TWI Industrial Member Report Summary 627/1997
By G I Rees
In recent years, with the increasing availability of computers, a greater emphasis is being placed on the use of numerical techniques and modelling to find solutions to metallurgical problems in welding. Significant progress has been made by some workers, to the extent that the models developed can begin to be used in the design of new alloys (2). One of the most successful of these models is that developed by Bhadeshia and co-workers at the University of Cambridge, in collaboration with ESAB AB (Sweden), for the prediction of microstructure in C-Mn and low-alloy steel weld metal. Despite this model's success, some aspects of the development of microstructure in such welds are not covered by the original theory e.g. the formation of martensite under rapid cooling conditions, and the effect' that nonmetallic inclusion particles have on the final microstructure. While the theory on which this model is based is fully published in open literature, the program itself is not commercially available. However, the thermodynamic calculations on which the model is based can be obtained from Bhadeshia's program entitled 'MUCG46.FOR1, which is freely available. The aim of this work was thereforeto reproduce accurately the calculations of this model, and to incorporate improvements which would begin to allow prediction of effects not previously covered.
To reproduce and validate the weld microstructure prediction model of Bhadeshia et al. Once successfully reproduced, to incorporate improvements into the model to account for phenomena not covered by the original theory. Modelling Work The basic structure of Bhadeshia et al's microstructure prediction model is as follows.
1. Using thermodynamic parameters calculated from the welds chemical composition, an estimate is made of the temperature range over which grain boundary allotriomorphic ferrite and Widmanstatten ferrite form, as the weld cools.
2. By using appropriate solutions to the diffusion equation for carbon, estimates are made of the growth rates of the above phases, over the calculated temperature ranges.
3. Using an idealised model of an austenite grain, the amount of allotriomorphic ferrite and Widmanstatten ferrite which form on the grain boundary surface area is calculated.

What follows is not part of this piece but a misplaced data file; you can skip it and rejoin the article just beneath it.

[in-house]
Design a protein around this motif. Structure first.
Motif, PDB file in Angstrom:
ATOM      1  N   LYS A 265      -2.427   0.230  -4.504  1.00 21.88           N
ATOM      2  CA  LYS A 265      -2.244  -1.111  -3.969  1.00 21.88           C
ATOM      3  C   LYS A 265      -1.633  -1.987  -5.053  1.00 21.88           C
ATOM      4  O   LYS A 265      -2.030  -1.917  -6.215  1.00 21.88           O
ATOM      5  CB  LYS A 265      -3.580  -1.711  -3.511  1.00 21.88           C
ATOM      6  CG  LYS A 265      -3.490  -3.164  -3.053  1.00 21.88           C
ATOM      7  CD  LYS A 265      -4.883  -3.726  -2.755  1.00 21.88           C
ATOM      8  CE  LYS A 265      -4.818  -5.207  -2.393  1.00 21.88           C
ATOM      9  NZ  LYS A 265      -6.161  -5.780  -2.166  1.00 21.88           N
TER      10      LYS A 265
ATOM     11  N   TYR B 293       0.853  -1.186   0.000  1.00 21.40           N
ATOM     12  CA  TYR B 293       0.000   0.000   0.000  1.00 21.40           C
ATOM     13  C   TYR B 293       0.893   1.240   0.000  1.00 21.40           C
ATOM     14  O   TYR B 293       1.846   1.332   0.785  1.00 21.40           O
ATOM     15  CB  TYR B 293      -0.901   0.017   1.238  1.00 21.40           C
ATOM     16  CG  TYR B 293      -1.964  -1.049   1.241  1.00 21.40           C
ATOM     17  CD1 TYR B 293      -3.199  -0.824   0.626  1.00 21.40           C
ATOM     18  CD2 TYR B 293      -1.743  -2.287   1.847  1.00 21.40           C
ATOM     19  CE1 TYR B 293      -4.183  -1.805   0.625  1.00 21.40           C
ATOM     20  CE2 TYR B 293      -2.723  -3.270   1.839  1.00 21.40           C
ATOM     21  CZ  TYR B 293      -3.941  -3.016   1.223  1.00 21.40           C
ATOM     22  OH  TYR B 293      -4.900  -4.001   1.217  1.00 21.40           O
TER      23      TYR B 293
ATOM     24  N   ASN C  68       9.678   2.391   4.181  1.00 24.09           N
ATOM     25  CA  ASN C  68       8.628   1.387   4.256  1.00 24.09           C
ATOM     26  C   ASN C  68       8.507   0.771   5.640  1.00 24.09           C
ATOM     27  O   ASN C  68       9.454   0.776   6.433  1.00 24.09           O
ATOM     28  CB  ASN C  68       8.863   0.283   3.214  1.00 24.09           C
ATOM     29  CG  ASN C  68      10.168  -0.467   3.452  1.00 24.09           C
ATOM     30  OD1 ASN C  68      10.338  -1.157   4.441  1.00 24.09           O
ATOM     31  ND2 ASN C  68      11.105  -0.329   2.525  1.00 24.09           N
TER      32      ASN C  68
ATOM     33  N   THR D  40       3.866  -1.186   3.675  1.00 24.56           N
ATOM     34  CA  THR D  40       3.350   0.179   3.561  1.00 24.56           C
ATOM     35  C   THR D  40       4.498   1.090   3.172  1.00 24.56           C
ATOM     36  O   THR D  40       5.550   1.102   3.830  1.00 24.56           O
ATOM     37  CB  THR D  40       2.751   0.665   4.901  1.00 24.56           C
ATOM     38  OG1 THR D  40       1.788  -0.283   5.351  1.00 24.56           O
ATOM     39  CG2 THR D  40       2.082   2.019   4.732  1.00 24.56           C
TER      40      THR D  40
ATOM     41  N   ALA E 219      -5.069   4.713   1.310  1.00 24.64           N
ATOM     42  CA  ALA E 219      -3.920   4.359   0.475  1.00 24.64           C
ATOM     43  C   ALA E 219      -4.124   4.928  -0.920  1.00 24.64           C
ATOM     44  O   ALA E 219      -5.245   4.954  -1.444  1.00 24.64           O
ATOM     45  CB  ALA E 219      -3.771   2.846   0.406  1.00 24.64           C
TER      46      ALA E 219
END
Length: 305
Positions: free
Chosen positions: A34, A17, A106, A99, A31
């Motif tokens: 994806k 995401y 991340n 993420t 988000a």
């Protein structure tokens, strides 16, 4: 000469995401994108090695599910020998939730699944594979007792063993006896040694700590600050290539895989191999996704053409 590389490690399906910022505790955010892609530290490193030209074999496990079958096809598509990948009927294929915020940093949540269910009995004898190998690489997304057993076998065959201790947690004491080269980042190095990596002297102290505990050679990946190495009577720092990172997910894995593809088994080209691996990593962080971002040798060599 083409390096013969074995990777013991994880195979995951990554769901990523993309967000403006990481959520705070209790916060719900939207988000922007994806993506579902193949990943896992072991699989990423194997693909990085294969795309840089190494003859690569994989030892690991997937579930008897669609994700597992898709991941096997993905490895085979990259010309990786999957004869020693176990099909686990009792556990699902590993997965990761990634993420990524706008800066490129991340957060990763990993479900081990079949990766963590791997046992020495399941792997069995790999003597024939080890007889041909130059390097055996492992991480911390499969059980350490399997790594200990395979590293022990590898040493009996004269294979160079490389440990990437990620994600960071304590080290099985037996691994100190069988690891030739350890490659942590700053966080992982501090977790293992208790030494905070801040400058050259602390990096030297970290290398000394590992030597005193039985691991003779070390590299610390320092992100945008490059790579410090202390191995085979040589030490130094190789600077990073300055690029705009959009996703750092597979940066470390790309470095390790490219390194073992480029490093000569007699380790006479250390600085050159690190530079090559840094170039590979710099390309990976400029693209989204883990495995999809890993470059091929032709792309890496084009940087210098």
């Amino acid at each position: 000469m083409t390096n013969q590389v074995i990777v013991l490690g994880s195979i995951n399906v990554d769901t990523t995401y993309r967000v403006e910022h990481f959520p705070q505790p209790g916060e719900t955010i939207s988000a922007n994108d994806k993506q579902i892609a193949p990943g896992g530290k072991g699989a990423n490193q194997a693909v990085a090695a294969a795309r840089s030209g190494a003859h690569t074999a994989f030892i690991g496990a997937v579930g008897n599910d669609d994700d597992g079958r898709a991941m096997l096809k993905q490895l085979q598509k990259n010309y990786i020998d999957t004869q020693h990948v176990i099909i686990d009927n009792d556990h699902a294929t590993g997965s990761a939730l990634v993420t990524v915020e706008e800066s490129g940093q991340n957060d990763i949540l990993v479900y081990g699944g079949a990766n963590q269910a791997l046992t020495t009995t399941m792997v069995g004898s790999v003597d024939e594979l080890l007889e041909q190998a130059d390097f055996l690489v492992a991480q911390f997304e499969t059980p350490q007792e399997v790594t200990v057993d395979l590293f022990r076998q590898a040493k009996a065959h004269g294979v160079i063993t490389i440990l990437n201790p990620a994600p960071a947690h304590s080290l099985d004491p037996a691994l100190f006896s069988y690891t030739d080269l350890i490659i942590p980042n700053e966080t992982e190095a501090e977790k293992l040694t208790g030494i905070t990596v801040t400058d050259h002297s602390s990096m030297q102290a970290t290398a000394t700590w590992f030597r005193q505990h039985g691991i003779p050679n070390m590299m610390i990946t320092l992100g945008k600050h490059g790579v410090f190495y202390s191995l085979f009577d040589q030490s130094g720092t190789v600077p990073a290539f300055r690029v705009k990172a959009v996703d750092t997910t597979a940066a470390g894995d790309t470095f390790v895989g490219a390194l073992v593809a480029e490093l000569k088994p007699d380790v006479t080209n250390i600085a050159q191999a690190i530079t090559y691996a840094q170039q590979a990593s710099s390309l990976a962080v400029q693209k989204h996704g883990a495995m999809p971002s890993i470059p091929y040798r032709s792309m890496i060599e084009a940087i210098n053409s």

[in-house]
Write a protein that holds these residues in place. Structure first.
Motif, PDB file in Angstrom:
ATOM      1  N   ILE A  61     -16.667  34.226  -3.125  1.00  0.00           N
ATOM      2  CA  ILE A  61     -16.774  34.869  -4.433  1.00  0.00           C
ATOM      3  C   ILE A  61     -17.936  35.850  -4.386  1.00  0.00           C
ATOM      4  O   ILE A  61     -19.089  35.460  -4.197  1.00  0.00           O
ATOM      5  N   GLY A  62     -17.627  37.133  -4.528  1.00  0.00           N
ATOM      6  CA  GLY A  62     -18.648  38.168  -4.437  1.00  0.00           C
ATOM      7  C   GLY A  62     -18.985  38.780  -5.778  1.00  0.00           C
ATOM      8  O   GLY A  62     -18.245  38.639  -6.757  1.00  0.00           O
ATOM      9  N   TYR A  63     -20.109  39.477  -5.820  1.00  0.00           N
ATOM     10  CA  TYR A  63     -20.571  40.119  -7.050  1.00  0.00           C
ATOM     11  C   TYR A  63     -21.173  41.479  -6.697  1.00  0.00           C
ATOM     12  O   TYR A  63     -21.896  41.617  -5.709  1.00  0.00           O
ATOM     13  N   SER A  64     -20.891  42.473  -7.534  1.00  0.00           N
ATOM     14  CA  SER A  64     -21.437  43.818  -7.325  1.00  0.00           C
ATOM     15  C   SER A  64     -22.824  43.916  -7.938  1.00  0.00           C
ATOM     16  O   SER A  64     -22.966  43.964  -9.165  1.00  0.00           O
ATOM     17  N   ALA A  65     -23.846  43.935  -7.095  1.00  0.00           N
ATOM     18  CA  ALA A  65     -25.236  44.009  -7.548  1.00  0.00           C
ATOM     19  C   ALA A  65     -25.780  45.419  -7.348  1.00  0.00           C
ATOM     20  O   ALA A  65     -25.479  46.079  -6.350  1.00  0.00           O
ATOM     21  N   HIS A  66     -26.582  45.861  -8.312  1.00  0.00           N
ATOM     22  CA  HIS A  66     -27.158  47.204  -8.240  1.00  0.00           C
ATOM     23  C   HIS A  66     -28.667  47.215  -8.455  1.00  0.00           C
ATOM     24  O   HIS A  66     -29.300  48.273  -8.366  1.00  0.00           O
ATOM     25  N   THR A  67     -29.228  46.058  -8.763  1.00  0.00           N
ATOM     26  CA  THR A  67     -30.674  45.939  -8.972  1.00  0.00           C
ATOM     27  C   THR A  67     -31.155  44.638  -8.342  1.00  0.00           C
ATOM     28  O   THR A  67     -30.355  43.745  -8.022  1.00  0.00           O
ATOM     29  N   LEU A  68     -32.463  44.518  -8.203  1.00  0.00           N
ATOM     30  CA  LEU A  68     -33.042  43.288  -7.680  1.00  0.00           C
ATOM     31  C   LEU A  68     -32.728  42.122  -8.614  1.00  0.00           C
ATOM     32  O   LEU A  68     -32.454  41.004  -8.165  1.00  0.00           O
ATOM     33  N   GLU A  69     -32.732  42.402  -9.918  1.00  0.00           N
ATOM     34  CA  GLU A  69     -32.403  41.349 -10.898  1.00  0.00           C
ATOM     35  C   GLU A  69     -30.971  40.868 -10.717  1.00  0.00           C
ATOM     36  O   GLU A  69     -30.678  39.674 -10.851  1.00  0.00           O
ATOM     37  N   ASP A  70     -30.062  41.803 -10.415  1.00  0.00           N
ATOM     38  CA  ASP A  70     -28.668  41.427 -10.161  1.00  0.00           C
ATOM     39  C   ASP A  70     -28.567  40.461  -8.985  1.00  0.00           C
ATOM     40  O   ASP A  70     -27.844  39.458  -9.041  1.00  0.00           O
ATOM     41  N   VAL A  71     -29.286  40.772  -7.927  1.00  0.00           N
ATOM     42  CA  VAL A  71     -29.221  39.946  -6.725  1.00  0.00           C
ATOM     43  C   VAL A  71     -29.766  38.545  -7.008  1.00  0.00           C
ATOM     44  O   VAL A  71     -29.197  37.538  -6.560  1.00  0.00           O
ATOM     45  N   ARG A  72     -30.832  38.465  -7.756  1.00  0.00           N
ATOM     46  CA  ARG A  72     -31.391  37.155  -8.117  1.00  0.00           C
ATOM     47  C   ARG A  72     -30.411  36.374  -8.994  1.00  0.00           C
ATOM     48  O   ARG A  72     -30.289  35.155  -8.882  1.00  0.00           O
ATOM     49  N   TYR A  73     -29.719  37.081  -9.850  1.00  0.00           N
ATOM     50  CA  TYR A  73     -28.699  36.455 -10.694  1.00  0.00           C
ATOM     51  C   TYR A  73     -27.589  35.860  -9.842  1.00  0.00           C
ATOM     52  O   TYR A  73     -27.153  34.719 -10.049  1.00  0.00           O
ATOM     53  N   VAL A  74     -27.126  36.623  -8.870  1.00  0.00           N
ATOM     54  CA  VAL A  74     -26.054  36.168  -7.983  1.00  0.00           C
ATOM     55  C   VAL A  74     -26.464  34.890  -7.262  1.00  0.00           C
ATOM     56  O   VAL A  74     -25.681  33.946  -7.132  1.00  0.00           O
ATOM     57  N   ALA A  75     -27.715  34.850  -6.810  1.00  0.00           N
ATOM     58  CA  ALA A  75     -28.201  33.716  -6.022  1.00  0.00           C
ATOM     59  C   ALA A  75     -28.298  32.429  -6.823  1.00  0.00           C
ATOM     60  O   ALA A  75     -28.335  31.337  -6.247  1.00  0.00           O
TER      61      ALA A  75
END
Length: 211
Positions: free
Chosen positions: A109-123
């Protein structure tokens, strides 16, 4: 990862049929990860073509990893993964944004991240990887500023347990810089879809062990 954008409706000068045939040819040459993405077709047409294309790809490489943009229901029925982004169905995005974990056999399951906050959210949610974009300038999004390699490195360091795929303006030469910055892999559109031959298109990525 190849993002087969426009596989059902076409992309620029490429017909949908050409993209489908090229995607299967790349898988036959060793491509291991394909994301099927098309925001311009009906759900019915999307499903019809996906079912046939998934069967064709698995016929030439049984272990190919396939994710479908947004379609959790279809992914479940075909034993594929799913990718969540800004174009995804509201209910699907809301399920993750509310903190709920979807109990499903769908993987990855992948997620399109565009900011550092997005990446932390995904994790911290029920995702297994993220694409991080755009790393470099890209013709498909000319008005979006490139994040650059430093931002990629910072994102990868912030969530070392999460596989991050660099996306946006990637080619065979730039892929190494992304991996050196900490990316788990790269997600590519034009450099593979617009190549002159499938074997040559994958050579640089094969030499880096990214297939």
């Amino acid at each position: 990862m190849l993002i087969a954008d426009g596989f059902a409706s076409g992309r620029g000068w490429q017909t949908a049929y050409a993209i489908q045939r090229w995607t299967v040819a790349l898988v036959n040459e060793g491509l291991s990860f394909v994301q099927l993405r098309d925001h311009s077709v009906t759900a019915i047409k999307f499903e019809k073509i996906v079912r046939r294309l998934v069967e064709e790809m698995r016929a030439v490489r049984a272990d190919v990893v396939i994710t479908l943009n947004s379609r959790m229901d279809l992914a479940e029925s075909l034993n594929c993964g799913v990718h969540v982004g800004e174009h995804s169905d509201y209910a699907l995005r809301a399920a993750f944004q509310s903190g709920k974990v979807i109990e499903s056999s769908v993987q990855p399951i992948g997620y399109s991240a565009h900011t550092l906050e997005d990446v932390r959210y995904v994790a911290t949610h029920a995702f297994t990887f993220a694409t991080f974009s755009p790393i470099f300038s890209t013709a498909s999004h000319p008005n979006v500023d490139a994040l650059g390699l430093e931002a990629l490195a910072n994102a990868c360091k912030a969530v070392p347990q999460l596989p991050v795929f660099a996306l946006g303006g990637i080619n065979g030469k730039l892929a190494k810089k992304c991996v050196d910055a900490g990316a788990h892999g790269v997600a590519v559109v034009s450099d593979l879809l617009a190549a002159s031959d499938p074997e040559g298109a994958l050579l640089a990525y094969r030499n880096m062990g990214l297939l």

4. The austenite remaining after these transformations is assumed to form acicular ferrite and martensite.
New Fortran software routines were written to evaluate growth rates and temperature ranges of formation for the various constituents of weld metal microstructure, during cooling, according to Bhadeshia et al.'s model. The thermodynamic parameters evaluated by Bhadeshia's program MUCG46.FOR, also written in Fortran, were used as a basis for these calculations. A computer program reproducing the microstructure prediction model was thereby produced. Through an analysis of independent data, further work was incorporated into the model in order to account for the formation of fully martensitic microstructures in welds, when cooling conditions are sufficiently rapid. This was achieved by establishing a means of estimating the critical cooling rate at which no constituentother than martensite could form in the weld metal. The compositions for which this relationship was established covered a range of IIW carbon equivalent of 0.27-0.54. By considering the kinetics of acicular ferrite formation, a means of estimating the relative volume fractions of acicular ferrite and martensite in weld metal microstructures was also established. Modifications were further made in order to model the transition between microstructures consisting predominantly of acicular ferrite, to those containing mainly bainite, with an increase in the ratio of aluminium to oxygen in the weld metal.